Black Panther: Comic book character predates the Black Panther Party

AJC Sepia Black History Month

Black nerds everywhere are rejoicing as the world is introduced to King T’Challa.

More than 50 years after the comic book character first hit the shelves, T'Challa, his alter ego Black Panther and his African nation of Wakanda are finally arriving on the big screen with the release of Marvel's latest installment on Friday, Feb. 16.

The day isn’t exciting just for black nerds — or blerds, as some call themselves — who’ve read about the character. It’s also a milestone in black culture.

Chadwick Boseman stars in the film, “Black Panther.” Contributed by Marvel Studios

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"If they don't see you as a hero, then they'll never see you as a human," said DJ Benhameen, host of FanBros Show, a podcast that calls itself the voice of the urban geek. "Wakanda represents an uncolonized Africa. That is such an unbelievably bold statement to make at any time. And to actually see that on screen … It's huge."

Not only has Wakanda been shielded from colonization, it is also the most technologically advanced nation in the Marvel universe.

Tony Cade, owner of Challenges Games and Comics in North DeKalb Mall — the only black-owned comic store in the Atlanta area — said Wakanda is the fictional "pinnacle of human society."

“That two Jewish guys went out and created Black Panther and Wakanda and created it with this positive mythos, I think is a very important thing,” he said. “And this is something they did in the ’60s before the Black Panther Party.”

Fantastic Four #52, including the first appearance of the character Black Panther. Artwork by Jack Kirby. (Marvel Comics)

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Movie fans were first introduced to T’Challa, played by Chadwick Boseman, in 2016’s “Captain America: Civil War.” But comic book readers originally learned of the African king in July 1966, when creators Stan Lee and Jack Kirby introduced him in an installment of The Fantastic Four. The Black Panther Party was formed three months later.

Joeseph P. Illidge, senior editor at the Lion Forge imprint Catalyst Prime in New York, said he was first introduced to the Black Panther character when he was growing up and continued to follow T'challa's story in the 1990s when Christopher Priest began writing the comics.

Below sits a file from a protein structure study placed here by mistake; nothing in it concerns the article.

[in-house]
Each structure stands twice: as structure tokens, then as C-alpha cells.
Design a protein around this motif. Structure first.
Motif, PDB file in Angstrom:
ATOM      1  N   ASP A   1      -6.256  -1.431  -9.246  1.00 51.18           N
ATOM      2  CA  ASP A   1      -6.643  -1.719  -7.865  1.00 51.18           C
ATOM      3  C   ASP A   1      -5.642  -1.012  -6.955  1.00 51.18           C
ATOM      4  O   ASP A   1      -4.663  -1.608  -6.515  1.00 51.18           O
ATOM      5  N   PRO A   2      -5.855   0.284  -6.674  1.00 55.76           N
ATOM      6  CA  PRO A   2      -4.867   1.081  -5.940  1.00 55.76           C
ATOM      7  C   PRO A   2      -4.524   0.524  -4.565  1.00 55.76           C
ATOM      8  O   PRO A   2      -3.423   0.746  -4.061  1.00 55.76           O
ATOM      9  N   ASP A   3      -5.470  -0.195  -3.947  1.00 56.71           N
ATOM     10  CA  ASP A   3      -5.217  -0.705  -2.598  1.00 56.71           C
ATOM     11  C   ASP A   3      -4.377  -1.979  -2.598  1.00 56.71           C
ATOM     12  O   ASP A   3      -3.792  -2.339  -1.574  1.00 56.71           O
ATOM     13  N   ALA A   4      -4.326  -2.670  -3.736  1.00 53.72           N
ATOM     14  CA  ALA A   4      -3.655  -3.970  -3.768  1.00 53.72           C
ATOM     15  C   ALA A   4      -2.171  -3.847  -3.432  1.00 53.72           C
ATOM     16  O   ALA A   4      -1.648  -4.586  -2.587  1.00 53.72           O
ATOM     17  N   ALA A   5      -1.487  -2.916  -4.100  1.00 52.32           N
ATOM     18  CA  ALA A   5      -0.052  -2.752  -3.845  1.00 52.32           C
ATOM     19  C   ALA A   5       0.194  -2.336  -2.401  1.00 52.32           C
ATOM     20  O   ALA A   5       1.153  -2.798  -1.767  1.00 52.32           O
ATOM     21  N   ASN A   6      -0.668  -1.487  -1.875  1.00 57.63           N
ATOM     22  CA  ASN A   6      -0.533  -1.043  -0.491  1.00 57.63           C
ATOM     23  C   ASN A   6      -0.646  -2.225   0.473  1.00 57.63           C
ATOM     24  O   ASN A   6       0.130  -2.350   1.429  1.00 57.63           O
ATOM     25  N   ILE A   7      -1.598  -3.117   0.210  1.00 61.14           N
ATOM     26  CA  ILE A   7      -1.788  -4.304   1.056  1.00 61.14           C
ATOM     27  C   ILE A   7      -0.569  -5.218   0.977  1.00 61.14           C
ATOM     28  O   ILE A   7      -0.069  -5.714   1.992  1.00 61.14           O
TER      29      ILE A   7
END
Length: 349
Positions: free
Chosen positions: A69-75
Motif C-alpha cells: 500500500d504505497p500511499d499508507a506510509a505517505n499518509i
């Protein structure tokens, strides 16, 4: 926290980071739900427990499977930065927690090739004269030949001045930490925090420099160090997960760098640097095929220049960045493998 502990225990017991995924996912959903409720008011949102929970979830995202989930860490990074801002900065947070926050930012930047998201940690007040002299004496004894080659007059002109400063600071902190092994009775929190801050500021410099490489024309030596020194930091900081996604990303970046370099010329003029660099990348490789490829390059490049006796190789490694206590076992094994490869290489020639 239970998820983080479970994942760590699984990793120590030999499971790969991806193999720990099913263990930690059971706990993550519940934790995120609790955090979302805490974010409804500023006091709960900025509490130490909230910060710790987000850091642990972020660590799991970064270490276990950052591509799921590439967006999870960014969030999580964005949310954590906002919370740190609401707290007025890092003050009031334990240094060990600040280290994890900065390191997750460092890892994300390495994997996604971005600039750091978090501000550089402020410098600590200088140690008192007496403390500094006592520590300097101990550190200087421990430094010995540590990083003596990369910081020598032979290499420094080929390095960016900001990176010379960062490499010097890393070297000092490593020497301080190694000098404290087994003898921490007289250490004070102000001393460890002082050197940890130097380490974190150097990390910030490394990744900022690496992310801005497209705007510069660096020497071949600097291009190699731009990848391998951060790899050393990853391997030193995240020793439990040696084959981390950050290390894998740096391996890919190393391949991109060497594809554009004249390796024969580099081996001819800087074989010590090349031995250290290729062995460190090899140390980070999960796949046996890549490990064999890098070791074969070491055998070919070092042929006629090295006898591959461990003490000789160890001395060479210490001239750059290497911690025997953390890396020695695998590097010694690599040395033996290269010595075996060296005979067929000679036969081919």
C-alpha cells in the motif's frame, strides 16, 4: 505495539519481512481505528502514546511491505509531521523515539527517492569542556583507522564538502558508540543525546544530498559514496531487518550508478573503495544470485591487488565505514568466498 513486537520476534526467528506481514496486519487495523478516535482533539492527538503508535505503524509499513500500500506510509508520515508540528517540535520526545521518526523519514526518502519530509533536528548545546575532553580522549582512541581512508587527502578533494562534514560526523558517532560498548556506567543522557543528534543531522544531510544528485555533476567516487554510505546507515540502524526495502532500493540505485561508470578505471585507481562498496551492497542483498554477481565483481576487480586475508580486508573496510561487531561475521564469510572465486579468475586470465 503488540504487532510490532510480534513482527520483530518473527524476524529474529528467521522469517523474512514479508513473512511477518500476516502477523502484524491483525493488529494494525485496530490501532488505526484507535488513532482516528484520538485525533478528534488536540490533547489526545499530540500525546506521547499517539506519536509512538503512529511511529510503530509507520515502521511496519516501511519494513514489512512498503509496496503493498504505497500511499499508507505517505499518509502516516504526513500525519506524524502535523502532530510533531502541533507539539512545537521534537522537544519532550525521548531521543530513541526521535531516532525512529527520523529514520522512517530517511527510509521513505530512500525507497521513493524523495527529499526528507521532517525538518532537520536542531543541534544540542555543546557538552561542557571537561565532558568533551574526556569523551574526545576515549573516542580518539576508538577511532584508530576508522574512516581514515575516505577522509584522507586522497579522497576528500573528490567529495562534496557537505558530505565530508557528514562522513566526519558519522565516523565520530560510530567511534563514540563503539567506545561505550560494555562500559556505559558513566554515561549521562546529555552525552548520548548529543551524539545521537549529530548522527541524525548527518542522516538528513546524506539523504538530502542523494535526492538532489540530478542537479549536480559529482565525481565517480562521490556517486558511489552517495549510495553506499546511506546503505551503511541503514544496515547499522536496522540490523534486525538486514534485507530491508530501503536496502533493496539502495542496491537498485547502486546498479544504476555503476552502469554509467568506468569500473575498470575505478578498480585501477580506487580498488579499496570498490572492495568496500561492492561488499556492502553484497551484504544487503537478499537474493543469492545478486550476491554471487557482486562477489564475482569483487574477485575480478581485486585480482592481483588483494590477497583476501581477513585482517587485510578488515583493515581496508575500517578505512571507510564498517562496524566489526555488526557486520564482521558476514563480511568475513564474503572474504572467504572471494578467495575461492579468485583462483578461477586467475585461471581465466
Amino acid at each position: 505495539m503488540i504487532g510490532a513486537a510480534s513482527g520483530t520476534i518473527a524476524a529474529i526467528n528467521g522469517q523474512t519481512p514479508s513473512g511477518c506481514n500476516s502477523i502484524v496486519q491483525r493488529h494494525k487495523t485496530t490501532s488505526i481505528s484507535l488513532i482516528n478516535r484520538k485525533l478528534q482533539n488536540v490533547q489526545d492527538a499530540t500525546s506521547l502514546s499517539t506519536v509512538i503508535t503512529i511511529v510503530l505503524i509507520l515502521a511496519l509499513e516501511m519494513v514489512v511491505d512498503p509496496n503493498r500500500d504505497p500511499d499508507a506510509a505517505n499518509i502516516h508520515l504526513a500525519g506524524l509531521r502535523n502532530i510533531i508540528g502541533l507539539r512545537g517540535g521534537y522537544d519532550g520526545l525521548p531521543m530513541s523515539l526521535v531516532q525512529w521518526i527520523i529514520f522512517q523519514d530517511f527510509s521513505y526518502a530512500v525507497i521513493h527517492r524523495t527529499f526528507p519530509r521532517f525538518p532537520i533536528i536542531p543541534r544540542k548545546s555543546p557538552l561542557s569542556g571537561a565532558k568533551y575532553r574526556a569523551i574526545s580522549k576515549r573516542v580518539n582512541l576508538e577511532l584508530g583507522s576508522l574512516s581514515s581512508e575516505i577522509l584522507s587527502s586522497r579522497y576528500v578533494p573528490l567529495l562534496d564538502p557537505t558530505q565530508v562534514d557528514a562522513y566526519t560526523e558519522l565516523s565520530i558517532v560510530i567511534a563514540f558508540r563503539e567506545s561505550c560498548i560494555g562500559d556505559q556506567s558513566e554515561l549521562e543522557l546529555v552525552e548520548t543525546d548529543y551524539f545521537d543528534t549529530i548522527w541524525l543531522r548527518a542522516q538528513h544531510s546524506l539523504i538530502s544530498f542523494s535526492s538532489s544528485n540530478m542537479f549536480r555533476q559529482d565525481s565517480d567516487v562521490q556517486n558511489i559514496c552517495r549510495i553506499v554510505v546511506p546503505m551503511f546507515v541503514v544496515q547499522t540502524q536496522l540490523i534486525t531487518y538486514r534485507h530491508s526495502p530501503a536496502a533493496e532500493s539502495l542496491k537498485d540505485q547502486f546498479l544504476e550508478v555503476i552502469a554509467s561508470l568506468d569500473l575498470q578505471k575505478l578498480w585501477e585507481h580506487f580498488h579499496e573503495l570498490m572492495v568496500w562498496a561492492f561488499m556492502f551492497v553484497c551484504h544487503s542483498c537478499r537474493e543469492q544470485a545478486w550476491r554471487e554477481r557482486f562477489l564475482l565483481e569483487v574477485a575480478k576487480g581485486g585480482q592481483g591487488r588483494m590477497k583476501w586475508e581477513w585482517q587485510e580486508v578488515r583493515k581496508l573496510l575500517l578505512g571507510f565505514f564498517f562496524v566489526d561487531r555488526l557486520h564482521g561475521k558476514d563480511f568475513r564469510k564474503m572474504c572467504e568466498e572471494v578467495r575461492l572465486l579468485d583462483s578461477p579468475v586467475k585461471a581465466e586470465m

“What that series (under Priest) did in particular is it turned Black Panther into the smartest man in the room,” Illidge said. “Not only his high intellect but his mastery of tactical strategy — those kind of characteristics are ones that are not usually applied to black characters in American comic books.”

That resonates with self-identified blerds who may not have known many other blacks who, like them, enjoyed reading comics, said Jamie Broadnax, founder of, a website described as a "place for women of color with various eccentricities to express themselves freely and embrace who they are."

“For a lot of comic book readers of color, that was the first time they were seeing a person of color that’s a protagonist,” Broadnax said.

»MORE: Before there was a Black Panther, Eartha Kitt purred as Catwoman

Black Panther starred in his own comic in the 1970s. This is issue No. 7, with cover artwork by Jack Kirby. (Marvel Comics)

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Several artists and authors of color, including Illidge and Norcross resident Greg Burnham, cite Black Panther as the inspiration for their work.

Burnham has released two editions of “Tuskegee Heirs,” a science-fiction comic series about young aviators of color.

“People are used to seeing black characters deal with low-level crimes,” he said. “Then in ‘Black Panther,’ I see this man who’s a king of a nation and he’s also a superhero. Truthfully, it’s the kind of thing I want to do at our comic.”

Other than the new movie’s sheer entertainment value, having such strong representation on screen is another thing that makes the film so significant, Broadnax said.

Maryland-based Broadnax said she was pleasantly surprised to learn from movie trailers that the film will feature black women characters, including Wakanda’s female warriors who protect the throne — the Dora Milaje — and T’challa’s technological genius sister, Shuri.

From left, Danai Gurira, Lupita Nyong’o and Florence Kasumba in “Black Panther.” The film is full of strong female characters. Contributed by Marvel Studios

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“Seeing those women step forward in this film, it’s good for all of us,” she said. “Obviously, this is called ‘Black Panther’ and it’s a male protagonist, but this is a story that’s universal.”

That excitement is evident in Atlanta, where dozens of Black Panther screenings and events are taking place this weekend. The film is expected to draw not only children, but entire families to the theater.

“It’s one of the few movies where you get to see a majority black ensemble and it’s not a comedy, it’s not something where we’re playing gangsters,” Cade said. “We’re going to see a movie with an extremely popular cast — well-known talented actors — show us in a positive light. That’s what’s important about this.”

Throughout February, we’ll spotlight a different African-American pioneer in the daily Living section Monday through Thursday and Saturday, and in the Metro section on Fridays and Sundays. Go to for more subscriber exclusives on people, places and organizations that have changed the world, and to see videos on the African-American pioneer featured here each day.